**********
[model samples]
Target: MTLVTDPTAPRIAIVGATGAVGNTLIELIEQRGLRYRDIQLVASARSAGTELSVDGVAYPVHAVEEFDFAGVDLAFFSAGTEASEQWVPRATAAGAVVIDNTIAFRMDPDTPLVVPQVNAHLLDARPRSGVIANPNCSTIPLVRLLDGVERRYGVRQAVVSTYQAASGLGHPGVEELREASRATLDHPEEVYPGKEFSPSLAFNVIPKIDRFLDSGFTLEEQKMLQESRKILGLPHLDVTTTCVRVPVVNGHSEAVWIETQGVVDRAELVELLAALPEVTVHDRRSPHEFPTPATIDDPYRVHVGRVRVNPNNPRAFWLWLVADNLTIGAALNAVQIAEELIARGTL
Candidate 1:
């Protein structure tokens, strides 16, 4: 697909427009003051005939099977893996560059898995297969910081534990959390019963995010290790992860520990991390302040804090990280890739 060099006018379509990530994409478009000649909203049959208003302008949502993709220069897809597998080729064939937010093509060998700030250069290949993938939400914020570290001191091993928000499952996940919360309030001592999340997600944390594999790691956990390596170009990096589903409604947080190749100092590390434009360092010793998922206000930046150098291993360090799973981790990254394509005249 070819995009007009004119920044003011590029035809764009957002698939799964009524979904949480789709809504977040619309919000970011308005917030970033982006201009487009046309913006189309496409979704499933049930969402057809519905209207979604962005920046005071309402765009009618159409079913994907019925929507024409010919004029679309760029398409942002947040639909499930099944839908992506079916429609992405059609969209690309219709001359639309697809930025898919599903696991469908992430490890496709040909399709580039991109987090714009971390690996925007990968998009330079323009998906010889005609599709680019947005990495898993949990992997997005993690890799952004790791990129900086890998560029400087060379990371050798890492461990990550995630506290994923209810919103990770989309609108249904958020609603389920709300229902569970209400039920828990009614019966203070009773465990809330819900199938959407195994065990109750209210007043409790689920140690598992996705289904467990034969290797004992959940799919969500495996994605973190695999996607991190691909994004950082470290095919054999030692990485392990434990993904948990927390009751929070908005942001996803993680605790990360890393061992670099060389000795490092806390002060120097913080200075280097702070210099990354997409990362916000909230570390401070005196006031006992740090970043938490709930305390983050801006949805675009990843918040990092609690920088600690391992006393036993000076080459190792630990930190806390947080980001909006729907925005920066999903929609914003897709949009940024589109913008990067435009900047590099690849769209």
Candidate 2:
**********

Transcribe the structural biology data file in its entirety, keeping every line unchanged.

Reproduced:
[model samples]
Target: MTLVTDPTAPRIAIVGATGAVGNTLIELIEQRGLRYRDIQLVASARSAGTELSVDGVAYPVHAVEEFDFAGVDLAFFSAGTEASEQWVPRATAAGAVVIDNTIAFRMDPDTPLVVPQVNAHLLDARPRSGVIANPNCSTIPLVRLLDGVERRYGVRQAVVSTYQAASGLGHPGVEELREASRATLDHPEEVYPGKEFSPSLAFNVIPKIDRFLDSGFTLEEQKMLQESRKILGLPHLDVTTTCVRVPVVNGHSEAVWIETQGVVDRAELVELLAALPEVTVHDRRSPHEFPTPATIDDPYRVHVGRVRVNPNNPRAFWLWLVADNLTIGAALNAVQIAEELIARGTL
Candidate 1:
């Protein structure tokens, strides 16, 4: 697909427009003051005939099977893996560059898995297969910081534990959390019963995010290790992860520990991390302040804090990280890739 060099006018379509990530994409478009000649909203049959208003302008949502993709220069897809597998080729064939937010093509060998700030250069290949993938939400914020570290001191091993928000499952996940919360309030001592999340997600944390594999790691956990390596170009990096589903409604947080190749100092590390434009360092010793998922206000930046150098291993360090799973981790990254394509005249 070819995009007009004119920044003011590029035809764009957002698939799964009524979904949480789709809504977040619309919000970011308005917030970033982006201009487009046309913006189309496409979704499933049930969402057809519905209207979604962005920046005071309402765009009618159409079913994907019925929507024409010919004029679309760029398409942002947040639909499930099944839908992506079916429609992405059609969209690309219709001359639309697809930025898919599903696991469908992430490890496709040909399709580039991109987090714009971390690996925007990968998009330079323009998906010889005609599709680019947005990495898993949990992997997005993690890799952004790791990129900086890998560029400087060379990371050798890492461990990550995630506290994923209810919103990770989309609108249904958020609603389920709300229902569970209400039920828990009614019966203070009773465990809330819900199938959407195994065990109750209210007043409790689920140690598992996705289904467990034969290797004992959940799919969500495996994605973190695999996607991190691909994004950082470290095919054999030692990485392990434990993904948990927390009751929070908005942001996803993680605790990360890393061992670099060389000795490092806390002060120097913080200075280097702070210099990354997409990362916000909230570390401070005196006031006992740090970043938490709930305390983050801006949805675009990843918040990092609690920088600690391992006393036993000076080459190792630990930190806390947080980001909006729907925005920066999903929609914003897709949009940024589109913008990067435009900047590099690849769209």
Candidate 2: